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HOME > Classical Novels > Gleaning of a Mystic > Chapter XIX The Lock of Upliftment
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Chapter XIX The Lock of Upliftment
Have you ever seen how ships going up a canal or river are lifted from one level to another? It is a very interesting and instructive process. First the ship is floated into a small enclosure where the water level is the same as that of the lower part of the river where the ship has previously been sailing. Then the gates of the enclosure are shut and the ship is cut off from the outside world by the high walls of the lock. It cannot go back to the river without; even the light is dimmed around it, but above the moving clouds or the bright sunshine are seen beckoning. The ship cannot rise without assistance, and the law of gravitation makes it impossible for the water in that part of the river where the ship has been sailing to float it to a higher level, hence no help may be looked for from that source.

There are also gates in the upper part of the lock which prevent the waters on the higher levels from rushing into the lock from above, otherwise the in148rushing water would flood the lock in a moment and crush the ship lying at the bottom level because acting in conformity with that same law of gravitation. It is from above, nevertheless, that the power must come if the ship is ever to be lifted to the higher level of the river, and so to do this safely a small stream is conducted to the bottom of the lock, which lifts the ship very slowly and gradually but safely to the level of the river above. When that level has been reached, the upper gates may be opened without danger to the ship, and it may sail forth upon the expansive bosom of the higher waterway. Then the lock is slowly emptied and the water it contained added to the water at the lower level, which is thereby raised even if but slightly. The lock is then ready to raise another vessel.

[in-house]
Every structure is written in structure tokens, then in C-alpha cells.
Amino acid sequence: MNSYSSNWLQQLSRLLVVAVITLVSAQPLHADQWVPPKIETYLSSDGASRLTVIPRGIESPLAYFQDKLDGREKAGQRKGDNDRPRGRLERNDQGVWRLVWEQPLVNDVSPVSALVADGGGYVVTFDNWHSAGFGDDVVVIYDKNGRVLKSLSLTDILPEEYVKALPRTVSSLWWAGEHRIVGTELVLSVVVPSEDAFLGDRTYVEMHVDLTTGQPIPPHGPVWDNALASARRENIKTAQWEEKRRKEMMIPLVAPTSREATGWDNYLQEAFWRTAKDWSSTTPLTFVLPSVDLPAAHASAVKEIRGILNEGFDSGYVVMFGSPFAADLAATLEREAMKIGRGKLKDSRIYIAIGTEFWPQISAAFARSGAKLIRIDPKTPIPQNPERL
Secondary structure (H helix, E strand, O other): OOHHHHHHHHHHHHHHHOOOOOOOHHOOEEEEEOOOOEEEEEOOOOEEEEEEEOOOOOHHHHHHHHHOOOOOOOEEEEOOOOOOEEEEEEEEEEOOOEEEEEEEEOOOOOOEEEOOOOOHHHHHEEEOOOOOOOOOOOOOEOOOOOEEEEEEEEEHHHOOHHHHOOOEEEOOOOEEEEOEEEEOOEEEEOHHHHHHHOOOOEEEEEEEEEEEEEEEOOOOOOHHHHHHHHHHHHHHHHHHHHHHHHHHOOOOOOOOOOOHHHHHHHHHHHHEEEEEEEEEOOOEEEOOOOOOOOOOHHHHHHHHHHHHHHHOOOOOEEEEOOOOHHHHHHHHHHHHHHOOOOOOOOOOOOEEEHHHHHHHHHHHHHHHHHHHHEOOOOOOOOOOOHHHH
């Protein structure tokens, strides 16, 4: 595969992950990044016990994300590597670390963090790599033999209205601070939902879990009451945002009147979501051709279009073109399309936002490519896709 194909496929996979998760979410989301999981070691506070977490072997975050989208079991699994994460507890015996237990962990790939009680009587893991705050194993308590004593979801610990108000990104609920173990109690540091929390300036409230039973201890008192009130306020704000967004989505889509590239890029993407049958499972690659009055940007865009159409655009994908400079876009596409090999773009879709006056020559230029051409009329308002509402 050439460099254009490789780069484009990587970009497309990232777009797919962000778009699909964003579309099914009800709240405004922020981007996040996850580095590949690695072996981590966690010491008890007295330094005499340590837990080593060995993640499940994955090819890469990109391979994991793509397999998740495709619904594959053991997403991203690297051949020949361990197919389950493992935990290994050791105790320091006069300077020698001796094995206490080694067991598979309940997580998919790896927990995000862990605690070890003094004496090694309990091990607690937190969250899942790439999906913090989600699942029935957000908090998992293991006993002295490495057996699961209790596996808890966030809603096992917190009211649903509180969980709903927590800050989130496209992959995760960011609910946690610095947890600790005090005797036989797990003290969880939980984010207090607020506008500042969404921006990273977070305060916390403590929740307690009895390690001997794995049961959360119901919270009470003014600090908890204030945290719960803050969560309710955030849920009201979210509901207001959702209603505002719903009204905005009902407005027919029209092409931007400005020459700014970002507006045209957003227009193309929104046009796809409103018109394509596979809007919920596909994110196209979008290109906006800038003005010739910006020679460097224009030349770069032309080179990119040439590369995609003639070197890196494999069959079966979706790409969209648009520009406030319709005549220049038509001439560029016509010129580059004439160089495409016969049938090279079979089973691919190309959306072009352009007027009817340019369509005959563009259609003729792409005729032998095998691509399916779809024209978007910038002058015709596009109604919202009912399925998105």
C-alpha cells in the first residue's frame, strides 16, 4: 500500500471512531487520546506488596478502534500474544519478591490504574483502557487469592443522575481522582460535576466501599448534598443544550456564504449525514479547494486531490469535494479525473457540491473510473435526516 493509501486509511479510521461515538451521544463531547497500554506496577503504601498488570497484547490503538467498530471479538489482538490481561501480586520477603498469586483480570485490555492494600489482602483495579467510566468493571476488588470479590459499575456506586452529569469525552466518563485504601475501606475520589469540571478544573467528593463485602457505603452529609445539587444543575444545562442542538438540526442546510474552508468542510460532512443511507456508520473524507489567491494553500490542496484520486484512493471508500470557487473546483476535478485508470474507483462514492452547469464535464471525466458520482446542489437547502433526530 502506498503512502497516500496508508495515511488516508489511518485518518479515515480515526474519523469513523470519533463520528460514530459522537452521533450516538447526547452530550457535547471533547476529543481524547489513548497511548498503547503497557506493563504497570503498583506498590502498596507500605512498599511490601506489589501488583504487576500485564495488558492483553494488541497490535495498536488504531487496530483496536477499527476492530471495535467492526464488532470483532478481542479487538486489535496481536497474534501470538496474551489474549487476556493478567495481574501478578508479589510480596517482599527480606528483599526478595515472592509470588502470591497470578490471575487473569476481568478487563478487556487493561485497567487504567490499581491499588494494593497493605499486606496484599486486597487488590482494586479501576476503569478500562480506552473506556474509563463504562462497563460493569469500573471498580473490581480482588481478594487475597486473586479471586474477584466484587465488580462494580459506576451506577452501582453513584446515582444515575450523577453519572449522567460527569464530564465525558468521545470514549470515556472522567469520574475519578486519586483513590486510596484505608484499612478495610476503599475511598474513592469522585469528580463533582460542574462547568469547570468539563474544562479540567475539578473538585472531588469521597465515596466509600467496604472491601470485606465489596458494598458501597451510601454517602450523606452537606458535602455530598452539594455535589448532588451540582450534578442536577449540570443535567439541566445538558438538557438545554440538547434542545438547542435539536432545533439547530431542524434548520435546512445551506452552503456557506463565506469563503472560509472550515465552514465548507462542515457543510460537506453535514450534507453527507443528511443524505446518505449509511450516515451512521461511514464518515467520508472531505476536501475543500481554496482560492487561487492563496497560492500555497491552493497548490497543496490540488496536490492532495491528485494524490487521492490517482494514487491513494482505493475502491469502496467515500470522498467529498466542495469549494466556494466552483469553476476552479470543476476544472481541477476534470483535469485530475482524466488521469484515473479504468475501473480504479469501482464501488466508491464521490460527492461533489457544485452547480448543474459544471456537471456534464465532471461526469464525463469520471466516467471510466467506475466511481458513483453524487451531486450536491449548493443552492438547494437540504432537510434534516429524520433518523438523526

This is, as said in the beginning, a very interesting and instructive physical operation, showing how human skill and ingenuity overcome great obstacles by the use of nature’s forces. But it is a source of still greater enlightenment in a spiritual matter of vital importance to all who aspire and endeavor to live the higher life, for it illustrates the only safe method whereby man can rise from the temporal to the spiritual world, and it confutes those false teachers who for personal gain play upon the too ardent desires of the unripe, and who profess ability to unlock the gates of the unseen worlds for the consideration of an initiation fee. Our illustration shows that this is im149possible, because the immutable laws of nature forbid.

For the purpose of elucidation we may call our river the river of life, and we as individuals are the ships sailing upon it; the lower river is the temporal world, and when we have sailed its length and breadth for many lives, we inevitably come to the lock of upliftment which is placed at the end. We may for a long time cruise about the entrance and look in, impelled by an inner urge to enter but drawn by another impulse towards the broad river of life without. For a long time this lock of upliftment with its high, bare walls looks forbidding and solitary, while the river of life is gay with bunting and full of kindred craft gaily cruising about; but when the inner urge has become sufficiently intense, it finally drives us into the lock of upliftment, and it imbues us with a determination not to go back to the river of worldly life. But even at that stage there are some who falter and fear to shut the gate behind them; they aspire ardently at times to the life on the higher level, but it makes them feel less alone to look back upon the river of worldly life, and sometimes they stay in this condition for lives, wondering why they do not progress, why they experience no spiritual downpouring, why there is no uplift in their lives. Our illustration makes the reason very plain; no matter how hard the captain might beg, the lock keeper would never think of releasing the stream of water150 from above until the gate had been closed behind the ship, for it could never lift the ship an inch under such conditions but would flow through the open gates to waste in the lower river. Neither will the guardians of the gates............
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